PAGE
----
Amendment 11

Part of Financial Services and Markets Bill - Report (2nd Day) – in the House of Lords at 12:02 pm on 8 June 2023.

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Photo of Lord Eatwell Lord Eatwell Labour 12:02, 8 June 2023

My Lords, there is a certain amount of confusion about the competitiveness objective and it is important to clarify it in discussion on Report. To illustrate this point, we have to understand that London is a rather peculiar financial centre, because it has a very limited hinterland of domestic savings. It is unlike the United States, where New York has a huge hinterland of domestic savings. It is therefore necessary for London to attract savings and funding from around the world, and it does that brilliantly well.

An important component of that is that London is seen as a well-regulated and efficiently regulated centre. The primary objectives set out in FSMA of maintaining market confidence, financial stability, public awareness, protection of consumers and the reduction of financial crimes are competitiveness goals in and of themselves. They make London more competitive and are a crucial component of the success of London at attracting funds from around the world.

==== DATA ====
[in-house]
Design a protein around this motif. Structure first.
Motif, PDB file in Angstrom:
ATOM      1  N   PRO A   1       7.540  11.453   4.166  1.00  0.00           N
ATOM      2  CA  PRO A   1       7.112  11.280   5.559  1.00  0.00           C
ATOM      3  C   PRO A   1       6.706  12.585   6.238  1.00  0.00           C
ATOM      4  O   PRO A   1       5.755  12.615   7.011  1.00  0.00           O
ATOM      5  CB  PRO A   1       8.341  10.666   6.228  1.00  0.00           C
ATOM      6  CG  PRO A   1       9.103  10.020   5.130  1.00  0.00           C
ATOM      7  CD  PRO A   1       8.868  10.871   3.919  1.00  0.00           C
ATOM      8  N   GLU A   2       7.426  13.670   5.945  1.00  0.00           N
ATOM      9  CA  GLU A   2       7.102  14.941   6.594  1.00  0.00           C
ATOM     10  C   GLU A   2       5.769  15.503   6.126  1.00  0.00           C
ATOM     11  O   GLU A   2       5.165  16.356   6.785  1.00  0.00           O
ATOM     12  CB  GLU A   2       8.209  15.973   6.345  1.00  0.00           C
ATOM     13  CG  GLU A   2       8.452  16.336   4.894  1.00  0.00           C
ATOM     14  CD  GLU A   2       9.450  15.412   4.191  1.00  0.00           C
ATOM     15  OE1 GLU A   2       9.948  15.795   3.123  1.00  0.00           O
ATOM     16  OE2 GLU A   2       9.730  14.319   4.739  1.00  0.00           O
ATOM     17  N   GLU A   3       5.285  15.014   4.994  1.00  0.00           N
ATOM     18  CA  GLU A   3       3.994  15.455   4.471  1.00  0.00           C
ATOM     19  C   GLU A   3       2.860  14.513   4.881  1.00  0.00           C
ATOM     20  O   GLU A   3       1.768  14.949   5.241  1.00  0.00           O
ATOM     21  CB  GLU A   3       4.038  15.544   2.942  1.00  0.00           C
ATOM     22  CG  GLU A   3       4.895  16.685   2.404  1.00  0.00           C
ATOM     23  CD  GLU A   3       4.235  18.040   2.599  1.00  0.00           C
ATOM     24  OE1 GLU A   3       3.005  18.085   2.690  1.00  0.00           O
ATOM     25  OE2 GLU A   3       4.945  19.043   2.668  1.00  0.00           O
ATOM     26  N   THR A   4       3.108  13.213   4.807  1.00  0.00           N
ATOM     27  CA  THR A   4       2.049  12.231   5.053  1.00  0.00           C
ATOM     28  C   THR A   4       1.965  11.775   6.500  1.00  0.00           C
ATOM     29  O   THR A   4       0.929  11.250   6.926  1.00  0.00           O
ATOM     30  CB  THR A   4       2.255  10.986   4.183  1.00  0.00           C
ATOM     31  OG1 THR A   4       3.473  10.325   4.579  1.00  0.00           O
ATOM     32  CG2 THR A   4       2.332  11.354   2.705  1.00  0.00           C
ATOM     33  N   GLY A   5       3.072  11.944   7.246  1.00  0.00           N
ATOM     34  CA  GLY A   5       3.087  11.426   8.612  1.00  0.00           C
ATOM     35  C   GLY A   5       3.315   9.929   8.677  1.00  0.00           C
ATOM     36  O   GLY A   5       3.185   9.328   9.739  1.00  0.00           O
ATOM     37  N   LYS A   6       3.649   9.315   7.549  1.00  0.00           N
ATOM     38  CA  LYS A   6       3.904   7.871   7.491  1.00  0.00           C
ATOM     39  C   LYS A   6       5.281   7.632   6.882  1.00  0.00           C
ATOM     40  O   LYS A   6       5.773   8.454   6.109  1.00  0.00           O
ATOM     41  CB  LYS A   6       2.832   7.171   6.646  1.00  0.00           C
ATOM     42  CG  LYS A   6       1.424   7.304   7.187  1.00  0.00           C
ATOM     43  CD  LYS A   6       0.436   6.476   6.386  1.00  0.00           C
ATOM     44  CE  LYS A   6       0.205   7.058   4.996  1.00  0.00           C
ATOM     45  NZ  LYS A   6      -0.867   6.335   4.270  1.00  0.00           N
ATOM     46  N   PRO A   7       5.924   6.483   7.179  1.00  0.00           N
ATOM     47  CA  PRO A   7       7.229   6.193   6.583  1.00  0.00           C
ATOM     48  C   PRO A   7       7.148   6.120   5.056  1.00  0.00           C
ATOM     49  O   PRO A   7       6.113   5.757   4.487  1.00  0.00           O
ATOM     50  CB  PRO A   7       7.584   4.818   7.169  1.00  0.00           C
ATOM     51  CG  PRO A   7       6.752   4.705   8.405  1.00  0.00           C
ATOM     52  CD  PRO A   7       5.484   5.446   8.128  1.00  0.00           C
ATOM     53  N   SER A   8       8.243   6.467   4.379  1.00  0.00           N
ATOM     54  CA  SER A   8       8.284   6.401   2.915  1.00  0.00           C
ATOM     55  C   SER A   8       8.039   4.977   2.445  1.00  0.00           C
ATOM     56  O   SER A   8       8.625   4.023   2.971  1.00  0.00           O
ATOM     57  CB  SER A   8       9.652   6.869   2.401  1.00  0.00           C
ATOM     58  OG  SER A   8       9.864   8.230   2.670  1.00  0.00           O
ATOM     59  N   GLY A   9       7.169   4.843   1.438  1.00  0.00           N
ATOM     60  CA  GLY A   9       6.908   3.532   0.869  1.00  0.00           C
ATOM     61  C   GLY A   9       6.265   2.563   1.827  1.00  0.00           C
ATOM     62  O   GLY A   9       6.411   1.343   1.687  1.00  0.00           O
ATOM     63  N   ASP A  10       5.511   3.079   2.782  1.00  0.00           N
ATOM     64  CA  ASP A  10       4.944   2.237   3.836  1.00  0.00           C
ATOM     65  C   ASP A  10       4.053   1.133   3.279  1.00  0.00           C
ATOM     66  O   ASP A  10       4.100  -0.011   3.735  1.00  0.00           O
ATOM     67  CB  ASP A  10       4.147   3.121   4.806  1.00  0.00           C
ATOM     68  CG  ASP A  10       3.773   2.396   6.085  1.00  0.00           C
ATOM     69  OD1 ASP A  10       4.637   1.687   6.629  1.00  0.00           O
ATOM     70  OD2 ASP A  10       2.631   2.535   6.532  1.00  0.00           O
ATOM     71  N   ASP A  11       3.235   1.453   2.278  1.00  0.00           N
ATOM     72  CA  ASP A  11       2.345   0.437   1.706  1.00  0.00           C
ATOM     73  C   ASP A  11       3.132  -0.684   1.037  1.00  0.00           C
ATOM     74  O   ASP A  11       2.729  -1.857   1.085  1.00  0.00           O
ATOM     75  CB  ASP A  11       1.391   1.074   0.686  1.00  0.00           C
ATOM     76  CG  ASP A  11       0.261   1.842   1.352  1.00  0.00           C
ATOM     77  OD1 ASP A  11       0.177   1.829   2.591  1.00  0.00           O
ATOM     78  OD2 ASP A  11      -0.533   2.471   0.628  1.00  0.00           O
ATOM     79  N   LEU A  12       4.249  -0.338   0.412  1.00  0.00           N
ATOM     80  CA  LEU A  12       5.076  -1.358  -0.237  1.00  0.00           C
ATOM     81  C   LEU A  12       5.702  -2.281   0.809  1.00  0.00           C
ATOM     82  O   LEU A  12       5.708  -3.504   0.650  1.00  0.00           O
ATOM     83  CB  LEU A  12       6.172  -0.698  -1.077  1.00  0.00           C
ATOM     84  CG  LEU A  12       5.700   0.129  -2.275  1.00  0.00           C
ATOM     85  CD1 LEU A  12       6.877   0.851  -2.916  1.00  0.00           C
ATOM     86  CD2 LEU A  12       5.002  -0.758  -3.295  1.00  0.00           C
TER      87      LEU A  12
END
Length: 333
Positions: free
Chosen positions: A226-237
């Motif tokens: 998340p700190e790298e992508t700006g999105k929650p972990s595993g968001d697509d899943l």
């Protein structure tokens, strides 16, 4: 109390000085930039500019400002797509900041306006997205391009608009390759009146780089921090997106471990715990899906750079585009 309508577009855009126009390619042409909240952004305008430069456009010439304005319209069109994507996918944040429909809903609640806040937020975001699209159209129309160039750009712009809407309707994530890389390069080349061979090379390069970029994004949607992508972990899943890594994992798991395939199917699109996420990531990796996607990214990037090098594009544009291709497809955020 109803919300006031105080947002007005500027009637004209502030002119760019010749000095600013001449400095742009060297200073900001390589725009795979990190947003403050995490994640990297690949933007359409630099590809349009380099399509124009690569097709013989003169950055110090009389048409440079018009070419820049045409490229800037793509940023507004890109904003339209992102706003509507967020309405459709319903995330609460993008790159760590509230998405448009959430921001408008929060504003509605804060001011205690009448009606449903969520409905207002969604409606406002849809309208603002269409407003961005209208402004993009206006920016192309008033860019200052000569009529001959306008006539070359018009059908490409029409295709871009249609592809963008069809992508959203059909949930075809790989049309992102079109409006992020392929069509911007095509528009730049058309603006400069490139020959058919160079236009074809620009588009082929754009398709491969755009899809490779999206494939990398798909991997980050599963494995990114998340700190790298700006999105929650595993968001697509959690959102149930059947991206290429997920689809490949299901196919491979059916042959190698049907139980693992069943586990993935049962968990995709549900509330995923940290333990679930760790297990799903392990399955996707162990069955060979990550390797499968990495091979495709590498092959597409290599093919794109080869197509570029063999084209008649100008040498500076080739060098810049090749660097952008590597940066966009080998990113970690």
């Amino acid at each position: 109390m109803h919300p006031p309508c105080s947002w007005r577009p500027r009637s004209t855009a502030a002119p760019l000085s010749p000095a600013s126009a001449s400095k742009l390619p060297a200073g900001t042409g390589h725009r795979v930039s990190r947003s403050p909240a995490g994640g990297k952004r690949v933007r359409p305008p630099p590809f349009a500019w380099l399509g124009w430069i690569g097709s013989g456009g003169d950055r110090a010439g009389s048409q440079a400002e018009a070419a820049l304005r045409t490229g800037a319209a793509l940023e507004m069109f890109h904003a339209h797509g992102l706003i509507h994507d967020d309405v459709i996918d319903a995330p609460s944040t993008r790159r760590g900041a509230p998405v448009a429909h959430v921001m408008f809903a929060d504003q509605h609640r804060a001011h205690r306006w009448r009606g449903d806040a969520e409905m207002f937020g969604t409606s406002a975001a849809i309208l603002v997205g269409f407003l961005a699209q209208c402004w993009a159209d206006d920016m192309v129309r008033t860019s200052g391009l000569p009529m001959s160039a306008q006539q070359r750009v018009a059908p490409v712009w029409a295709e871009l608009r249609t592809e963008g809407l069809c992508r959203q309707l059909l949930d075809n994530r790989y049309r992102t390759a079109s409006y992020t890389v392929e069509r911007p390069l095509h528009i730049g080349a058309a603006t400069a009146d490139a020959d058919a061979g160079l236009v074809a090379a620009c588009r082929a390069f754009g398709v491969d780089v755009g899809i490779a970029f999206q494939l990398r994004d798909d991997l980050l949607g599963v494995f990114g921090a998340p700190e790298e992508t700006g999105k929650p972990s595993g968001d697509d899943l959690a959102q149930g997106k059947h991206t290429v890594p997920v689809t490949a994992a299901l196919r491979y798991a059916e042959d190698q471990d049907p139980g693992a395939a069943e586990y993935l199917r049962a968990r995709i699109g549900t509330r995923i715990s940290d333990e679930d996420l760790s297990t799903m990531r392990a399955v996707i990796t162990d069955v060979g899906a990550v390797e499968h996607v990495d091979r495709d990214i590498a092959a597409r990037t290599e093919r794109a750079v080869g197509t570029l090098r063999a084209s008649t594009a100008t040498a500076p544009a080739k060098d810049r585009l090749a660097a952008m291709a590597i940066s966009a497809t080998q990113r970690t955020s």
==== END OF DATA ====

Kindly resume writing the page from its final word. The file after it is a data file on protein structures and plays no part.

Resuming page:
The competitiveness objective that was introduced as a subsidiary objective is rather different, because there competitiveness means being allowed to take more risk. As everyone knows, in financial affairs the balance of risk and return is one of the key elements in making sensible decisions. This is true as much in regulation as it is in the operation of financial services business. It is particularly true in regulation when it applies to systemic risks, which only the regulator can understand and deal with.

It is therefore important that we do not overegg the competitiveness objective. It is important—it has introduced an important element in discussing the relationship between risk and return—but we should recognise that the primary objectives are the key to London’s competitiveness as a financial centre.